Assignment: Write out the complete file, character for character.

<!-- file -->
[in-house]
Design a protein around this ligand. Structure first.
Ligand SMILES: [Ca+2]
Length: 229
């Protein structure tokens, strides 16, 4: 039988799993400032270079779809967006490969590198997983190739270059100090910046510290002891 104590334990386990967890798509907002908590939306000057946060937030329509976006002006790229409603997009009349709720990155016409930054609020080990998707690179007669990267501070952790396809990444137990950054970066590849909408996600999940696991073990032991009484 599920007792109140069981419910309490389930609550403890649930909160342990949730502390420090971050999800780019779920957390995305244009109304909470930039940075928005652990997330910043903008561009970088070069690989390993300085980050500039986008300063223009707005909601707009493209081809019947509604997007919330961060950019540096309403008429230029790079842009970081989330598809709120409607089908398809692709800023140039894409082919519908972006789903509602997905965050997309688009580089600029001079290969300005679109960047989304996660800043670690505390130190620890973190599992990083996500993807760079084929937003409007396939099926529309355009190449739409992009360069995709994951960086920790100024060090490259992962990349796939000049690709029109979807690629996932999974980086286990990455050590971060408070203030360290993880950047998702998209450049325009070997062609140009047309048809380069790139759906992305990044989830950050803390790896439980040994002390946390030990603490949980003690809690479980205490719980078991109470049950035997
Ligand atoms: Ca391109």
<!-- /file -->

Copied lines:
[in-house]
Design a protein around this ligand. Structure first.
Ligand SMILES: [Ca+2]
Length: 229
């Protein structure tokens, strides 16, 4: 039988799993400032270079779809967006490969590198997983190739270059100090910046510290002891 104590334990386990967890798509907002908590939306000057946060937030329509976006002006790229409603997009009349709720990155016409930054609020080990998707690179007669990267501070952790396809990444137990950054970066590849909408996600999940696991073990032991009484 599920007792109140069981419910309490389930609550403890649930909160342990949730502390420090971050999800780019779920957390995305244009109304909470930039940075928005652990997330910043903008561009970088070069690989390993300085980050500039986008300063223009707005909601707009493209081809019947509604997007919330961060950019540096309403008429230029790079842009970081989330598809709120409607089908398809692709800023140039894409082919519908972006789903509602997905965050997309688009580089600029001079290969300005679109960047989304996660800043670690505390130190620890973190599992990083996500993807760079084929937003409007396939099926529309355009190449739409992009360069995709994951960086920790100024060090490259992962990349796939000049690709029109979807690629996932999974980086286990990455050590971060408070203030360290993880950047998702998209450049325009070997062609140009047309048809380069790139759906992305990044989830950050803390790896439980040994002390946390030990603490949980003690809690479980205490719980078991109470049950035997
Ligand atoms: Ca391109």